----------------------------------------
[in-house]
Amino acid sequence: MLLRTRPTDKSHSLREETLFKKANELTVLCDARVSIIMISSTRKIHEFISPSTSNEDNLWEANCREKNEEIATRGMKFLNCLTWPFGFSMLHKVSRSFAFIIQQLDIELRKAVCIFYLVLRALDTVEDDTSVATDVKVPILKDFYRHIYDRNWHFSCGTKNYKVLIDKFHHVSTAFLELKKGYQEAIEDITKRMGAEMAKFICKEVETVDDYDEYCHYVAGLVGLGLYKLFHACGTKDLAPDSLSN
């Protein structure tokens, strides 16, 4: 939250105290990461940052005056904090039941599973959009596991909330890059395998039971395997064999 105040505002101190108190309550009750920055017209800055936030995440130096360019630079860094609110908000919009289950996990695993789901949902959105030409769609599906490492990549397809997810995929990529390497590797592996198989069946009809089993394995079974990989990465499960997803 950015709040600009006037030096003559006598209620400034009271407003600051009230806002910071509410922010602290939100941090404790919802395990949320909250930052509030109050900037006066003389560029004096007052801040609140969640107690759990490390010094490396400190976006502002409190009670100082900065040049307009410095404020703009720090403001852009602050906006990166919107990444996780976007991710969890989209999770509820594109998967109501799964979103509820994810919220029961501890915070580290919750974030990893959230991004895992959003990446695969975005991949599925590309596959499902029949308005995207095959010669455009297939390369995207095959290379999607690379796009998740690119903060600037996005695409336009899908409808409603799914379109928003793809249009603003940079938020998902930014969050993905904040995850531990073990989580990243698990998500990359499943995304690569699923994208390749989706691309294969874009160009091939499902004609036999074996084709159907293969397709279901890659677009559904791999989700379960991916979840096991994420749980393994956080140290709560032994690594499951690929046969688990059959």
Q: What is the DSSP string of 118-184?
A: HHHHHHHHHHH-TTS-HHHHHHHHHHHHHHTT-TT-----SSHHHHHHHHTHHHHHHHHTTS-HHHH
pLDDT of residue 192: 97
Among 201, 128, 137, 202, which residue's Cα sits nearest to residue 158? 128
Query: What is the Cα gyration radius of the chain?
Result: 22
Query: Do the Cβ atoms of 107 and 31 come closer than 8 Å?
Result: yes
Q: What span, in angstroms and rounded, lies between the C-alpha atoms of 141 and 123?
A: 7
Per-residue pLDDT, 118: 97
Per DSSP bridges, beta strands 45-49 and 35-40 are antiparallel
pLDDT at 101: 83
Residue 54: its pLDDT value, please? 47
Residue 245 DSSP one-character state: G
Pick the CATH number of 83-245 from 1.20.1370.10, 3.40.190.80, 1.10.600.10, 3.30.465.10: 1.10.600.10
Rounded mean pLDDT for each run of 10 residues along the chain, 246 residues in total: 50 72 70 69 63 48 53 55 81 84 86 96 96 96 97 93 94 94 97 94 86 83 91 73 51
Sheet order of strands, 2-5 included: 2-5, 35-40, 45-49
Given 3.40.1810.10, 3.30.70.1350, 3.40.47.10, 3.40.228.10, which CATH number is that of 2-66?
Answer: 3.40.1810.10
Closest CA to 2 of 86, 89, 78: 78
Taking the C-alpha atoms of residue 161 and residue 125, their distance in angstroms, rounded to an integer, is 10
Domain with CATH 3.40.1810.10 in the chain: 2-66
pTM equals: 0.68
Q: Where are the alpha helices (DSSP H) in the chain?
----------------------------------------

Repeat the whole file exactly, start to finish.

[in-house]
Amino acid sequence: MLLRTRPTDKSHSLREETLFKKANELTVLCDARVSIIMISSTRKIHEFISPSTSNEDNLWEANCREKNEEIATRGMKFLNCLTWPFGFSMLHKVSRSFAFIIQQLDIELRKAVCIFYLVLRALDTVEDDTSVATDVKVPILKDFYRHIYDRNWHFSCGTKNYKVLIDKFHHVSTAFLELKKGYQEAIEDITKRMGAEMAKFICKEVETVDDYDEYCHYVAGLVGLGLYKLFHACGTKDLAPDSLSN
């Protein structure tokens, strides 16, 4: 939250105290990461940052005056904090039941599973959009596991909330890059395998039971395997064999 105040505002101190108190309550009750920055017209800055936030995440130096360019630079860094609110908000919009289950996990695993789901949902959105030409769609599906490492990549397809997810995929990529390497590797592996198989069946009809089993394995079974990989990465499960997803 950015709040600009006037030096003559006598209620400034009271407003600051009230806002910071509410922010602290939100941090404790919802395990949320909250930052509030109050900037006066003389560029004096007052801040609140969640107690759990490390010094490396400190976006502002409190009670100082900065040049307009410095404020703009720090403001852009602050906006990166919107990444996780976007991710969890989209999770509820594109998967109501799964979103509820994810919220029961501890915070580290919750974030990893959230991004895992959003990446695969975005991949599925590309596959499902029949308005995207095959010669455009297939390369995207095959290379999607690379796009998740690119903060600037996005695409336009899908409808409603799914379109928003793809249009603003940079938020998902930014969050993905904040995850531990073990989580990243698990998500990359499943995304690569699923994208390749989706691309294969874009160009091939499902004609036999074996084709159907293969397709279901890659677009559904791999989700379960991916979840096991994420749980393994956080140290709560032994690594499951690929046969688990059959």
Q: What is the DSSP string of 118-184?
A: HHHHHHHHHHH-TTS-HHHHHHHHHHHHHHTT-TT-----SSHHHHHHHHTHHHHHHHHTTS-HHHH
pLDDT of residue 192: 97
Among 201, 128, 137, 202, which residue's Cα sits nearest to residue 158? 128
Query: What is the Cα gyration radius of the chain?
Result: 22
Query: Do the Cβ atoms of 107 and 31 come closer than 8 Å?
Result: yes
Q: What span, in angstroms and rounded, lies between the C-alpha atoms of 141 and 123?
A: 7
Per-residue pLDDT, 118: 97
Per DSSP bridges, beta strands 45-49 and 35-40 are antiparallel
pLDDT at 101: 83
Residue 54: its pLDDT value, please? 47
Residue 245 DSSP one-character state: G
Pick the CATH number of 83-245 from 1.20.1370.10, 3.40.190.80, 1.10.600.10, 3.30.465.10: 1.10.600.10
Rounded mean pLDDT for each run of 10 residues along the chain, 246 residues in total: 50 72 70 69 63 48 53 55 81 84 86 96 96 96 97 93 94 94 97 94 86 83 91 73 51
Sheet order of strands, 2-5 included: 2-5, 35-40, 45-49
Given 3.40.1810.10, 3.30.70.1350, 3.40.47.10, 3.40.228.10, which CATH number is that of 2-66?
Answer: 3.40.1810.10
Closest CA to 2 of 86, 89, 78: 78
Taking the C-alpha atoms of residue 161 and residue 125, their distance in angstroms, rounded to an integer, is 10
Domain with CATH 3.40.1810.10 in the chain: 2-66
pTM equals: 0.68
Q: Where are the alpha helices (DSSP H) in the chain?